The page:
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Prosecutors reveal legal reasons they believe Casey Anthony should die

By Emanuella Grinberg, CNN
Casey Anthony, 24, is accused of killing 2-year-old daughter Caylee, who disappeared in June 2008.
Casey Anthony, 24, is accused of killing 2-year-old daughter Caylee, who disappeared in June 2008.
  • Prosecutors cite five legal circumstances to support decision to seek death penalty
  • Document: Death occurred during aggravated child abuse, was "heinous, atrocious"
  • Document: Caylee was under 12, Anthony held position of custodial authority over her
  • If Anthony is convicted of killing Caylee, jurors have to weigh aggravators against mitigators

(CNN) -- Florida prosecutors on Thursday revealed a list of reasons they're seeking the death penalty against Casey Anthony, who is charged with killing her daughter, Caylee.

Under Florida, law, prosecutors need to raise only one of 15 possible aggravating factors to support their decision to seek the death penalty. Assistant State Attorney Jeffrey Ashton cited five circumstances, according to a document obtained by CNN affiliate WESH and other Orlando, Florida, media outlets.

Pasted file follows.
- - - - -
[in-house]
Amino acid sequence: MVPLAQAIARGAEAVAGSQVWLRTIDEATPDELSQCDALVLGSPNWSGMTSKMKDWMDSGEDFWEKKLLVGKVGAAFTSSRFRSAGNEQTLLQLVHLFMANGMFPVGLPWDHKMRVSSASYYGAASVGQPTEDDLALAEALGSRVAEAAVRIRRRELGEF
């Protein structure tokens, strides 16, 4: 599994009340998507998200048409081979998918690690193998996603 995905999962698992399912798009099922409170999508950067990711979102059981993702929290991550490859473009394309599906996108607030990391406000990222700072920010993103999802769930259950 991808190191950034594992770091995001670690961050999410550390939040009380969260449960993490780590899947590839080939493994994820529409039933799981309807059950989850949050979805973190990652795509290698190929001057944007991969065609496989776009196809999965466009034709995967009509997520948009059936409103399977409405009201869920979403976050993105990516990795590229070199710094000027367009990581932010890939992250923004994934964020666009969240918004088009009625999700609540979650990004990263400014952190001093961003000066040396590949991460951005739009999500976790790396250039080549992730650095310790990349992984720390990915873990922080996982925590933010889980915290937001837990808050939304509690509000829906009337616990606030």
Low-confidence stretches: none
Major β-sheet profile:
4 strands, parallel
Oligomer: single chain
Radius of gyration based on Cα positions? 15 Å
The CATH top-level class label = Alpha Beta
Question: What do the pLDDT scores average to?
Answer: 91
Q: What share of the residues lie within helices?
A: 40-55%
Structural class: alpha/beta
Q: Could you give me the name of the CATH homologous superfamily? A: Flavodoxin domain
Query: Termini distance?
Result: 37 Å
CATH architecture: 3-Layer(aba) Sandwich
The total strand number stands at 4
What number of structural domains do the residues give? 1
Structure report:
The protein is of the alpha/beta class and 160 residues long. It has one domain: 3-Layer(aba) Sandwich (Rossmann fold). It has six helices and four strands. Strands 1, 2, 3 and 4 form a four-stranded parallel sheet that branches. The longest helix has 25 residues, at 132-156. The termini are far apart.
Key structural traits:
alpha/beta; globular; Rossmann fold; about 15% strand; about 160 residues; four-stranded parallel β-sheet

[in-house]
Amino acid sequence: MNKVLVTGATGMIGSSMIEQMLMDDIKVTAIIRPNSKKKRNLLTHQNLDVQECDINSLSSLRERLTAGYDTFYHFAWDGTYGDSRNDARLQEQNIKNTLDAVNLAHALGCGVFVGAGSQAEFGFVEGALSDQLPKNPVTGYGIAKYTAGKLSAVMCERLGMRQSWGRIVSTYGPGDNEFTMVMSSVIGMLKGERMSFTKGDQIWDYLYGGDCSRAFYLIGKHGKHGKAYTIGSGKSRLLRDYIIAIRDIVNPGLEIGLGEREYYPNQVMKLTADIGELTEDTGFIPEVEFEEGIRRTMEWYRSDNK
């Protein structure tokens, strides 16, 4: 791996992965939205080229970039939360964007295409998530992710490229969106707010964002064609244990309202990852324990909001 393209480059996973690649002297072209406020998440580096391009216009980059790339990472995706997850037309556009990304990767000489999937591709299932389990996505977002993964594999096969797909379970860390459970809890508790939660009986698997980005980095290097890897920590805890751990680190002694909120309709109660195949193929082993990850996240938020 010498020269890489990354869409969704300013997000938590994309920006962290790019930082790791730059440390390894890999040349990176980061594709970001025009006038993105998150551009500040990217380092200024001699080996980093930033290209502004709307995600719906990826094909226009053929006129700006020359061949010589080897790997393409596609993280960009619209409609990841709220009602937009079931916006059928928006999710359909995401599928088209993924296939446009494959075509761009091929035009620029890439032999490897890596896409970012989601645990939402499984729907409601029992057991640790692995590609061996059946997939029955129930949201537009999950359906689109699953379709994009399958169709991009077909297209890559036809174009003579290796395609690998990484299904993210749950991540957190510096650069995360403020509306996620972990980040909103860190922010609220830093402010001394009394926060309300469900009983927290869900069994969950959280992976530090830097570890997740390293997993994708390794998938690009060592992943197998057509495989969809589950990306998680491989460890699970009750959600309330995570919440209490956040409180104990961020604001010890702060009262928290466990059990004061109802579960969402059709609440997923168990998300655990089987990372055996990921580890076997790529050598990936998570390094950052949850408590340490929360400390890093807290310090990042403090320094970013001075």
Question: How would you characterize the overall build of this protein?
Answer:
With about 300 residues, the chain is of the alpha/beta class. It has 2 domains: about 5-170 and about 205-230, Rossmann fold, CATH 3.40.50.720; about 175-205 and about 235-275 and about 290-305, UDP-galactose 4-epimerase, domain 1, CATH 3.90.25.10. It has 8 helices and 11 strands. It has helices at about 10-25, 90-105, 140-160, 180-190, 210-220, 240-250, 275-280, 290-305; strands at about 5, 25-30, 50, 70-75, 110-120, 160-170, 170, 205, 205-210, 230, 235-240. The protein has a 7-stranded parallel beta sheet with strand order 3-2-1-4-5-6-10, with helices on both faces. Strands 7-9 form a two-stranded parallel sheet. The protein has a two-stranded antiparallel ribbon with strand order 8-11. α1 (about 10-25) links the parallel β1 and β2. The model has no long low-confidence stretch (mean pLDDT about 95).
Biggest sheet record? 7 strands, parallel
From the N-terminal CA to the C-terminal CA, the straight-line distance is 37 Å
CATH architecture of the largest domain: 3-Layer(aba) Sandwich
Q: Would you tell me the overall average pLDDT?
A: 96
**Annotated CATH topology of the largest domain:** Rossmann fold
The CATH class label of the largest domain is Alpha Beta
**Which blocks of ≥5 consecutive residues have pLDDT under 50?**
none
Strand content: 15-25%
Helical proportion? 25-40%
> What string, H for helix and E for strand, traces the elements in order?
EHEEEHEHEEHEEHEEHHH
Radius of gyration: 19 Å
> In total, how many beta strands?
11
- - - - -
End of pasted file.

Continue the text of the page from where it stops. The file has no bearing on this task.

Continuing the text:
In death penalty cases, jurors are asked to weigh aggravating circumstances that make a crime especially heinous against mitigating factors that favor mercy, such as a lack of prior offenses.

Among the legal reasons cited: Caylee's death occurred during aggravated child abuse, was especially "heinous, atrocious, or cruel," and was committed in a "cold, calculated and premeditated manner without any pretense of moral or legal justification," according to the document.

Caylee was also under 12 years old, and Anthony "stood in a position of familial or custodial authority over her," the document states.

Video: Casey Anthony still may face death

Karen Levey, the court public information officer, could not confirm that Judge Belvin Perry Jr. received a copy of the notice. As of Thursday evening, defense attorney Jose Baez said he had not been served with the notice.

In a hearing this week, Perry ordered the State Attorney's Office to disclose the aggravating factors they intend to cite in a penalty phase if Anthony is convicted of premeditated murder.

Anthony, 24, is accused of killing 2-year-old Caylee, who disappeared in June 2008. Her body was found that December in a vacant lot near her grandparents' home in Orlando.

Defense lawyers have said that prosecutors are seeking the death penalty to bankrupt the defense and prevent Anthony from having the attorney of her choice.

The defense said that prosecutors had originally said they would not seek death in the case but reversed that position in March 2009 when they learned that Anthony had $205,000 for her defense.

The bulk of the money came from ABC News for the licensing of photos and videos, Baez testified during a previous hearing.

Anthony's trial is scheduled to begin May 9, 2011.